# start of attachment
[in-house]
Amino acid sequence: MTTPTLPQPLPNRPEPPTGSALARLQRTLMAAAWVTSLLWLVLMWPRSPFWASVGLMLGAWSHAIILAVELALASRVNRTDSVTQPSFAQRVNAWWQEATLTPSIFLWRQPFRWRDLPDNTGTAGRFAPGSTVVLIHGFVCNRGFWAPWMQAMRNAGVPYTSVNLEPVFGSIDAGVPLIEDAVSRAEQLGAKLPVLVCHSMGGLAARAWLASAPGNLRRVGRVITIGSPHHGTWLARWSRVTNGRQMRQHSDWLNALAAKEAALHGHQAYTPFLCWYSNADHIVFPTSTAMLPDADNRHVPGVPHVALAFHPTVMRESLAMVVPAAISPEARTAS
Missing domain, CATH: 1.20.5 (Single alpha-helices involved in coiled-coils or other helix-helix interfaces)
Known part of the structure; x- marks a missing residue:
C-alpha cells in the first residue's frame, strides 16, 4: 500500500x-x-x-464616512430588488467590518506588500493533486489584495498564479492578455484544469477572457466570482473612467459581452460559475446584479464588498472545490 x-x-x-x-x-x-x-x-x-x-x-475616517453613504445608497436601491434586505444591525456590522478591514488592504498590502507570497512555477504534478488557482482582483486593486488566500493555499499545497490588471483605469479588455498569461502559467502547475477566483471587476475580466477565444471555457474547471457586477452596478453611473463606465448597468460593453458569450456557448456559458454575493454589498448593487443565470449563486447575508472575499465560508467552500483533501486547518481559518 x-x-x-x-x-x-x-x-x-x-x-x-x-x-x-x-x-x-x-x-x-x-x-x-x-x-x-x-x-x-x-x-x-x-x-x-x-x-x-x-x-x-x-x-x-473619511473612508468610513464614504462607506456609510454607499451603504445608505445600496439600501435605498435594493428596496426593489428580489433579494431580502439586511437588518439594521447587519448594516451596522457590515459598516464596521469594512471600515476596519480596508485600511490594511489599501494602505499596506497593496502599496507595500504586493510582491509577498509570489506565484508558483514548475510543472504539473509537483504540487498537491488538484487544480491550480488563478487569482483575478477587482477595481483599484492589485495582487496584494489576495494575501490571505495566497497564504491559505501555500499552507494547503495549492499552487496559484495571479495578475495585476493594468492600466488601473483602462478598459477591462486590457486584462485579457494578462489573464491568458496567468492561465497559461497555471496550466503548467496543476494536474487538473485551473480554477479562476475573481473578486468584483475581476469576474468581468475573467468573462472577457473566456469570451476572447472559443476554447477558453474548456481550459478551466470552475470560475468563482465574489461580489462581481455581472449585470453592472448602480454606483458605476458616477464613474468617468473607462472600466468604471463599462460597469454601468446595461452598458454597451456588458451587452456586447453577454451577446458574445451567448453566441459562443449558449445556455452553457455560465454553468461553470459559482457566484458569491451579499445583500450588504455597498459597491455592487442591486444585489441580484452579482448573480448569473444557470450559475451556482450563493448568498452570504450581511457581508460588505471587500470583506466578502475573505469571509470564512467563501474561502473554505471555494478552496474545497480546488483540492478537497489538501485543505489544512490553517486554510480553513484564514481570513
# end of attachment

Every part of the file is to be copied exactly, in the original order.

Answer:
[in-house]
Amino acid sequence: MTTPTLPQPLPNRPEPPTGSALARLQRTLMAAAWVTSLLWLVLMWPRSPFWASVGLMLGAWSHAIILAVELALASRVNRTDSVTQPSFAQRVNAWWQEATLTPSIFLWRQPFRWRDLPDNTGTAGRFAPGSTVVLIHGFVCNRGFWAPWMQAMRNAGVPYTSVNLEPVFGSIDAGVPLIEDAVSRAEQLGAKLPVLVCHSMGGLAARAWLASAPGNLRRVGRVITIGSPHHGTWLARWSRVTNGRQMRQHSDWLNALAAKEAALHGHQAYTPFLCWYSNADHIVFPTSTAMLPDADNRHVPGVPHVALAFHPTVMRESLAMVVPAAISPEARTAS
Missing domain, CATH: 1.20.5 (Single alpha-helices involved in coiled-coils or other helix-helix interfaces)
Known part of the structure; x- marks a missing residue:
C-alpha cells in the first residue's frame, strides 16, 4: 500500500x-x-x-464616512430588488467590518506588500493533486489584495498564479492578455484544469477572457466570482473612467459581452460559475446584479464588498472545490 x-x-x-x-x-x-x-x-x-x-x-475616517453613504445608497436601491434586505444591525456590522478591514488592504498590502507570497512555477504534478488557482482582483486593486488566500493555499499545497490588471483605469479588455498569461502559467502547475477566483471587476475580466477565444471555457474547471457586477452596478453611473463606465448597468460593453458569450456557448456559458454575493454589498448593487443565470449563486447575508472575499465560508467552500483533501486547518481559518 x-x-x-x-x-x-x-x-x-x-x-x-x-x-x-x-x-x-x-x-x-x-x-x-x-x-x-x-x-x-x-x-x-x-x-x-x-x-x-x-x-x-x-x-x-473619511473612508468610513464614504462607506456609510454607499451603504445608505445600496439600501435605498435594493428596496426593489428580489433579494431580502439586511437588518439594521447587519448594516451596522457590515459598516464596521469594512471600515476596519480596508485600511490594511489599501494602505499596506497593496502599496507595500504586493510582491509577498509570489506565484508558483514548475510543472504539473509537483504540487498537491488538484487544480491550480488563478487569482483575478477587482477595481483599484492589485495582487496584494489576495494575501490571505495566497497564504491559505501555500499552507494547503495549492499552487496559484495571479495578475495585476493594468492600466488601473483602462478598459477591462486590457486584462485579457494578462489573464491568458496567468492561465497559461497555471496550466503548467496543476494536474487538473485551473480554477479562476475573481473578486468584483475581476469576474468581468475573467468573462472577457473566456469570451476572447472559443476554447477558453474548456481550459478551466470552475470560475468563482465574489461580489462581481455581472449585470453592472448602480454606483458605476458616477464613474468617468473607462472600466468604471463599462460597469454601468446595461452598458454597451456588458451587452456586447453577454451577446458574445451567448453566441459562443449558449445556455452553457455560465454553468461553470459559482457566484458569491451579499445583500450588504455597498459597491455592487442591486444585489441580484452579482448573480448569473444557470450559475451556482450563493448568498452570504450581511457581508460588505471587500470583506466578502475573505469571509470564512467563501474561502473554505471555494478552496474545497480546488483540492478537497489538501485543505489544512490553517486554510480553513484564514481570513